Husbands secret, p.27
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       Husband's Secret, p.27

           Liane Moriarty
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  Felicity’ was still her definition of unacceptably fat, even now, when Felicity had a slim, gorgeous body that was better than hers.

  ‘I can’t believe you thought we could all just live together!’ she exploded. She saw Will steel himself.

  This was the way it had been ever since he had finally turned up at her mother’s house the previous day, pale and discernibly thinner than the last time she’d seen him. Her mood kept swinging about precariously. One minute she was cool and sarcastic, the next she was hysterical and weepy. She couldn’t seem to get a hold of herself.

  Will turned to face her, the bag of chocolate eggs in the palm of his hand. ‘I didn’t really think that,’ he said.

  ‘But you said it! On Monday, you said it.’

  ‘It was idiotic. I’m sorry,’ he said. ‘All I can do is keep saying I’m sorry.’

  ‘You sound robotic,’ said Tess. ‘You don’t even mean it any more. You’re just saying the words in the hope I’ll finally shut up.’ She spoke in a monotone. ‘I’m sorry. I’m sorry. I’m sorry.’

  ‘I do mean it,’ said Will wearily.

  ‘Shhh,’ said Tess, although he hadn’t really spoken that loudly. ‘You’ll wake them.’ Liam and her mother were both in bed asleep. Their rooms were at the front of the house and they were both deep sleepers. They probably wouldn’t wake them even if they started yelling at each other.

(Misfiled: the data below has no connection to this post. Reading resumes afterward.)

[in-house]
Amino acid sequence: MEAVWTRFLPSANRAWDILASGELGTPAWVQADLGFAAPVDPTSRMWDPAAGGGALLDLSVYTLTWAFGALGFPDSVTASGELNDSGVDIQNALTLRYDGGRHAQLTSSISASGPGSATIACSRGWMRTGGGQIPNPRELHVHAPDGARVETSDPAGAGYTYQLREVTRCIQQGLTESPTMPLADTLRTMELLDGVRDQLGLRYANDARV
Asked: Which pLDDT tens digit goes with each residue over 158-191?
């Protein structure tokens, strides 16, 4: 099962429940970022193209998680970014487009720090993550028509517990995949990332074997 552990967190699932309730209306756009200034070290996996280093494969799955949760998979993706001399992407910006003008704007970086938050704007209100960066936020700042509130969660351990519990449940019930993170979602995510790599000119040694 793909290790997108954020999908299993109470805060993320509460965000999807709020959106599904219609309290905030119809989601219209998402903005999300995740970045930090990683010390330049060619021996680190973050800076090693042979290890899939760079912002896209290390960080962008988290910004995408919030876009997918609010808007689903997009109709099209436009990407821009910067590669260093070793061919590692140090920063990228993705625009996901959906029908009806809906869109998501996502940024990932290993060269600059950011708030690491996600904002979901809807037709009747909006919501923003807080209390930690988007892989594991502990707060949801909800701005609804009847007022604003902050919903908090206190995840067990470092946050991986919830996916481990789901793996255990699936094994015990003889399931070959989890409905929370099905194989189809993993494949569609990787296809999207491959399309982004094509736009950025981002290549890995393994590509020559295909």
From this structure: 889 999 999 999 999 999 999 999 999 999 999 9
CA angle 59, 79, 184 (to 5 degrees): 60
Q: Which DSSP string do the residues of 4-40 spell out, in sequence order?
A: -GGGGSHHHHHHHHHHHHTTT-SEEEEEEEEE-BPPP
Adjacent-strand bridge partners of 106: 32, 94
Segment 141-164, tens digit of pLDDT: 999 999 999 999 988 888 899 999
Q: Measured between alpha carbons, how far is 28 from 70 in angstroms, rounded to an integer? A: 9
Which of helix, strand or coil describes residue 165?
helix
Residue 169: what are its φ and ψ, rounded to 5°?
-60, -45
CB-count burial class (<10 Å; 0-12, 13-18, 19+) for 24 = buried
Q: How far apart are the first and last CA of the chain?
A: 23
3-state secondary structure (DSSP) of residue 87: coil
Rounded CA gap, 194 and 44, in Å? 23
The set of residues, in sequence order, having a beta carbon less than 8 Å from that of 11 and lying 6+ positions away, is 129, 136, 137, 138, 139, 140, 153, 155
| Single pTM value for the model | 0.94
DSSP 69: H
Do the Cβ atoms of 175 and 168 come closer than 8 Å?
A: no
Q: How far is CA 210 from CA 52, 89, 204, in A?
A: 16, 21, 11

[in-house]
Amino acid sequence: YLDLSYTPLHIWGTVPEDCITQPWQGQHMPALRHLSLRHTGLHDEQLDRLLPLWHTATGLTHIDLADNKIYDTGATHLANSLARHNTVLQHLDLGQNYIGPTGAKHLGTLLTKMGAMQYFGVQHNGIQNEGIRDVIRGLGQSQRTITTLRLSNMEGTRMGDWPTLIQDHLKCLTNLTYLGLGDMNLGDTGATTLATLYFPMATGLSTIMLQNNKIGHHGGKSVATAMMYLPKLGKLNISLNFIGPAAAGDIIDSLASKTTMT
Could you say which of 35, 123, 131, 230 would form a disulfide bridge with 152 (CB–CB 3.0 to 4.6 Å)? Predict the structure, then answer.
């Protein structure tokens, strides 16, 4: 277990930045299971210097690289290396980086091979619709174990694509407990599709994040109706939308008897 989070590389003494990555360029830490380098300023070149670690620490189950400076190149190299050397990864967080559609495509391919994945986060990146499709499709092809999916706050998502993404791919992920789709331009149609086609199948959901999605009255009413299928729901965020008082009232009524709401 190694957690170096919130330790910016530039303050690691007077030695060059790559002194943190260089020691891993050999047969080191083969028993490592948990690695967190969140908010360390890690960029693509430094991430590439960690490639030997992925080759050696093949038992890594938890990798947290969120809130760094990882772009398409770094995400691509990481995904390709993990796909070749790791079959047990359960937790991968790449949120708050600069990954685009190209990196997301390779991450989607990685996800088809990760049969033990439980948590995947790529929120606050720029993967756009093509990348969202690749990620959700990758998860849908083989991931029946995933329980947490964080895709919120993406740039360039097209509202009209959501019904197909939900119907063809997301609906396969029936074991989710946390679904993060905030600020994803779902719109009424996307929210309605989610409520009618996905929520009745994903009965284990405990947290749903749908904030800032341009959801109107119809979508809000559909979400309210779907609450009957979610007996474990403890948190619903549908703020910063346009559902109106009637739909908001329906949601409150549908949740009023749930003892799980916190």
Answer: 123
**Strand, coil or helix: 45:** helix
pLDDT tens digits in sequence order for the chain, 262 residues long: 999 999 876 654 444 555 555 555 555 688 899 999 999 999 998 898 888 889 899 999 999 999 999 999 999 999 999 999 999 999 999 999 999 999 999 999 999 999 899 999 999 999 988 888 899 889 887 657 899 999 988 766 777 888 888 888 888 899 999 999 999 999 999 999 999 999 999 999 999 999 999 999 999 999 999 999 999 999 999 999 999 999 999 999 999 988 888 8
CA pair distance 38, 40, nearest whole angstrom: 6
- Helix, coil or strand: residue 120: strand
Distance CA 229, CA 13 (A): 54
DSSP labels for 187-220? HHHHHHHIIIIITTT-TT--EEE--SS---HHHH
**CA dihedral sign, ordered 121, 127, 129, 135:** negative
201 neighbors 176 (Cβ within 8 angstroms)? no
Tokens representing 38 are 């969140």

There had been no yelling. Not yet. Just these short, useless conversations that travelled bitterly down one-way streets.

  Their reunion the previous day had been both surreal and mundane; an exasperating clash of personalities and emotion. For a start there was Liam, who was almost deranged with excitement. It was like he’d sensed the danger of losing his father, and the safe little structure of his life, and now his relief at Will’s return manifested itself in six-year-old craziness. He spoke in annoying silly voices, he giggled maniacally, he wanted to wrestle constantly with his father. Will, on the other hand, was completely traumatised by witnessing Polly Fitzpatrick’s accident. ‘You should have seen the expressions on the parents’ faces,’ he kept saying quietly to Tess. ‘Imagine if that was Liam. If that was us.’

  The shocking news about Polly’s accident should have put everything into perspective for Tess, and in a way it did. If something like that had happened to Liam then nothing else would have mattered. But at the same time it was as if her own feelings were now a trivial matter, and that made her feel defensive and aggressive.

  She couldn’t find big enough words to describe the enormous breadth and depth of her emotions. You hurt me. You really hurt me. How could you hurt me like that? It was so simple in her head but so strangely complex each time she opened her mouth.

  ‘You wish you were on a plane with Felicity right now,’ said Tess. He did. She knew that he did, because she wished she was in Connor’s apartment right now. ‘Flying to Paris.’

  ‘You keep saying Paris,’ said Will. ‘Why Paris?’ She heard in his voice a hint of ordinary Will, of the Will she loved. The Will who found the humour in everyday stuff. ‘Do you want to go to Paris?’

  ‘No,’ said Tess.

  ‘Liam does love his croissants.’


  ‘Except we’d have to bring our own Vegemite.’

  ‘I don’t want to go to Paris.’

  She walked across the lawn to the back fence and went to hide an egg near a post, and then changed her mind, worried about spiders.

  ‘I should mow that lawn for your mother tomorrow,’ said Will from the courtyard.